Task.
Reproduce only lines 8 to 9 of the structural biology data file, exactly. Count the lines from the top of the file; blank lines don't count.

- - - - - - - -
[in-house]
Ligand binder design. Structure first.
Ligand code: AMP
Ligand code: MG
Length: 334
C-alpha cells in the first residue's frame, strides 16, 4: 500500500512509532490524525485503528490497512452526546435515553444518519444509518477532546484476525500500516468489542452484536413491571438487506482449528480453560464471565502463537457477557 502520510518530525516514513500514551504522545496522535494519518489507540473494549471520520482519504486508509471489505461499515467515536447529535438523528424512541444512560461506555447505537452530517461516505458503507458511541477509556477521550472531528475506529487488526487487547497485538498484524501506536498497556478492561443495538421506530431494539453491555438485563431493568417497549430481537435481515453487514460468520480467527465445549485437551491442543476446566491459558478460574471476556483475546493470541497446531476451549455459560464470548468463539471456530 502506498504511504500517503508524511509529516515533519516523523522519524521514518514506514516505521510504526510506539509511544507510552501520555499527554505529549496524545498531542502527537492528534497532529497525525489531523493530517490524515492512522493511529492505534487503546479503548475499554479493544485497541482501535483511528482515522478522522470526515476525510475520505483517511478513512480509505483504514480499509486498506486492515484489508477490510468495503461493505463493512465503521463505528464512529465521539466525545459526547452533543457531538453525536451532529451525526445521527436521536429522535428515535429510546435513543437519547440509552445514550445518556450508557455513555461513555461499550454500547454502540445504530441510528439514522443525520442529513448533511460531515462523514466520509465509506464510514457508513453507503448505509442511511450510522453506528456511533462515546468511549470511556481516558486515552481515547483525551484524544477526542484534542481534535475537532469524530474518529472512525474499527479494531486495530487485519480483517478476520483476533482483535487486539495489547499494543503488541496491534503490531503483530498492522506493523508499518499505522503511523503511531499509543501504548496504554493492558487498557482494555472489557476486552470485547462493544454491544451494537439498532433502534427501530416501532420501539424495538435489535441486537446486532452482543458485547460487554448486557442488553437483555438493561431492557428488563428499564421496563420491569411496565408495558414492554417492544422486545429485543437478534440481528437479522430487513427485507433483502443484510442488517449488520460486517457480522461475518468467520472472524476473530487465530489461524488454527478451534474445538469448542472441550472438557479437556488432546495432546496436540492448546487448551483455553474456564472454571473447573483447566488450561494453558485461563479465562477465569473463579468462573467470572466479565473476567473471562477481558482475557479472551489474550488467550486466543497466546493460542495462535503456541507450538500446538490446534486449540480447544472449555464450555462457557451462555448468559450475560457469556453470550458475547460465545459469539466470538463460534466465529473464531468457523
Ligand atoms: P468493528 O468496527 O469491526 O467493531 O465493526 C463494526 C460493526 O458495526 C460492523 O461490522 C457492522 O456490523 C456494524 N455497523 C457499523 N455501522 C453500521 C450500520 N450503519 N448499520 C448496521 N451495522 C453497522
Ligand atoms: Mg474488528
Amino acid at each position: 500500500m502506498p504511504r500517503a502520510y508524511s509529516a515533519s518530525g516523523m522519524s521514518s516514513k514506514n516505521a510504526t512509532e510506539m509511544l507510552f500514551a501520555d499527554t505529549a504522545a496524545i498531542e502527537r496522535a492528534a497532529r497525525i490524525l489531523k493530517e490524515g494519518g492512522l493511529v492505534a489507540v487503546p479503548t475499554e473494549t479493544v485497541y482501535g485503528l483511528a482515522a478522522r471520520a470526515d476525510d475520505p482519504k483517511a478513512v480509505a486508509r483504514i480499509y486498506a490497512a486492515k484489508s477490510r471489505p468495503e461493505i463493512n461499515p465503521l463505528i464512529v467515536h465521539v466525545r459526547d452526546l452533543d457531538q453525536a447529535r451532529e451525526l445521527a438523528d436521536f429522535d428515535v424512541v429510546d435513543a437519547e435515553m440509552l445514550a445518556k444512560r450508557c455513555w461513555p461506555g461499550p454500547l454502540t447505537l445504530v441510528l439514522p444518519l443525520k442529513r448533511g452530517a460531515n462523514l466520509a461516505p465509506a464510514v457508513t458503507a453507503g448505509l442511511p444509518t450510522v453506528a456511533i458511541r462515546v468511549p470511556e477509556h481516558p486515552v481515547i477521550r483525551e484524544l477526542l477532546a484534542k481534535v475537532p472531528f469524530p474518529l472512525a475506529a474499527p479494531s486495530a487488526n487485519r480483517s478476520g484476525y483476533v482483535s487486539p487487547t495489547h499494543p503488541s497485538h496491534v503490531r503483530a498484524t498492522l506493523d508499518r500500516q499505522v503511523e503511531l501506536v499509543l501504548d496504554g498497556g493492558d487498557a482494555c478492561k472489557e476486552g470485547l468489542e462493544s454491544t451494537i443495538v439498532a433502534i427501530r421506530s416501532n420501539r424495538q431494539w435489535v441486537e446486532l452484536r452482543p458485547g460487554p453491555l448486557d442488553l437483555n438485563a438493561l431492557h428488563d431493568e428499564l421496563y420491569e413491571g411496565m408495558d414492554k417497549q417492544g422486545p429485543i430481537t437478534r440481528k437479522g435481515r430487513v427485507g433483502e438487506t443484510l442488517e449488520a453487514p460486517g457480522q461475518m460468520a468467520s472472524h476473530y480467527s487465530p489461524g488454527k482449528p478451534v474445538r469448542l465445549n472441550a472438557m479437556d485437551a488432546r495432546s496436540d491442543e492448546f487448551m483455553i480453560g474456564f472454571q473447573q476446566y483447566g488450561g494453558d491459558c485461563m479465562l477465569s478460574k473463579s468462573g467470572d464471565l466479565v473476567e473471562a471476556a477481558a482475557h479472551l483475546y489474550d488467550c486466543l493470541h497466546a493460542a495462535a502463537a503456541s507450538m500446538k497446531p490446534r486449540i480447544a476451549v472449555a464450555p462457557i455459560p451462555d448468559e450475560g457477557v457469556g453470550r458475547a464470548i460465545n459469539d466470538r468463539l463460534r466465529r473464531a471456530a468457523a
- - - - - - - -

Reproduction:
Ligand atoms: Mg474488528
Amino acid at each position: 500500500m502506498p504511504r500517503a502520510y508524511s509529516a515533519s518530525g516523523m522519524s521514518s516514513k514506514n516505521a510504526t512509532e510506539m509511544l507510552f500514551a501520555d499527554t505529549a504522545a496524545i498531542e502527537r496522535a492528534a497532529r497525525i490524525l489531523k493530517e490524515g494519518g492512522l493511529v492505534a489507540v487503546p479503548t475499554e473494549t479493544v485497541y482501535g485503528l483511528a482515522a478522522r471520520a470526515d476525510d475520505p482519504k483517511a478513512v480509505a486508509r483504514i480499509y486498506a490497512a486492515k484489508s477490510r471489505p468495503e461493505i463493512n461499515p465503521l463505528i464512529v467515536h465521539v466525545r459526547d452526546l452533543d457531538q453525536a447529535r451532529e451525526l445521527a438523528d436521536f429522535d428515535v424512541v429510546d435513543a437519547e435515553m440509552l445514550a445518556k444512560r450508557c455513555w461513555p461506555g461499550p454500547l454502540t447505537l445504530v441510528l439514522p444518519l443525520k442529513r448533511g452530517a460531515n462523514l466520509a461516505p465509506a464510514v457508513t458503507a453507503g448505509l442511511p444509518t450510522v453506528a456511533i458511541r462515546v468511549p470511556e477509556h481516558p486515552v481515547i477521550r483525551e484524544l477526542l477532546a484534542k481534535v475537532p472531528f469524530p474518529l472512525a475506529a474499527p479494531s486495530a487488526n487485519r480483517s478476520g484476525y483476533v482483535s487486539p487487547t495489547h499494543p503488541s497485538h496491534v503490531r503483530a498484524t498492522l506493523d508499518r500500516q499505522v503511523e503511531l501506536v499509543l501504548d496504554g498497556g493492558d487498557a482494555c478492561k472489557e476486552g470485547l468489542e462493544s454491544t451494537i443495538v439498532a433502534i427501530r421506530s416501532n420501539r424495538q431494539w435489535v441486537e446486532l452484536r452482543p458485547g460487554p453491555l448486557d442488553l437483555n438485563a438493561l431492557h428488563d431493568e428499564l421496563y420491569e413491571g411496565m408495558d414492554k417497549q417492544g422486545p429485543i430481537t437478534r440481528k437479522g435481515r430487513v427485507g433483502e438487506t443484510l442488517e449488520a453487514p460486517g457480522q461475518m460468520a468467520s472472524h476473530y480467527s487465530p489461524g488454527k482449528p478451534v474445538r469448542l465445549n472441550a472438557m479437556d485437551a488432546r495432546s496436540d491442543e492448546f487448551m483455553i480453560g474456564f472454571q473447573q476446566y483447566g488450561g494453558d491459558c485461563m479465562l477465569s478460574k473463579s468462573g467470572d464471565l466479565v473476567e473471562a471476556a477481558a482475557h479472551l483475546y489474550d488467550c486466543l493470541h497466546a493460542a495462535a502463537a503456541s507450538m500446538k497446531p490446534r486449540i480447544a476451549v472449555a464450555p462457557i455459560p451462555d448468559e450475560g457477557v457469556g453470550r458475547a464470548i460465545n459469539d466470538r468463539l463460534r466465529r473464531a471456530a468457523a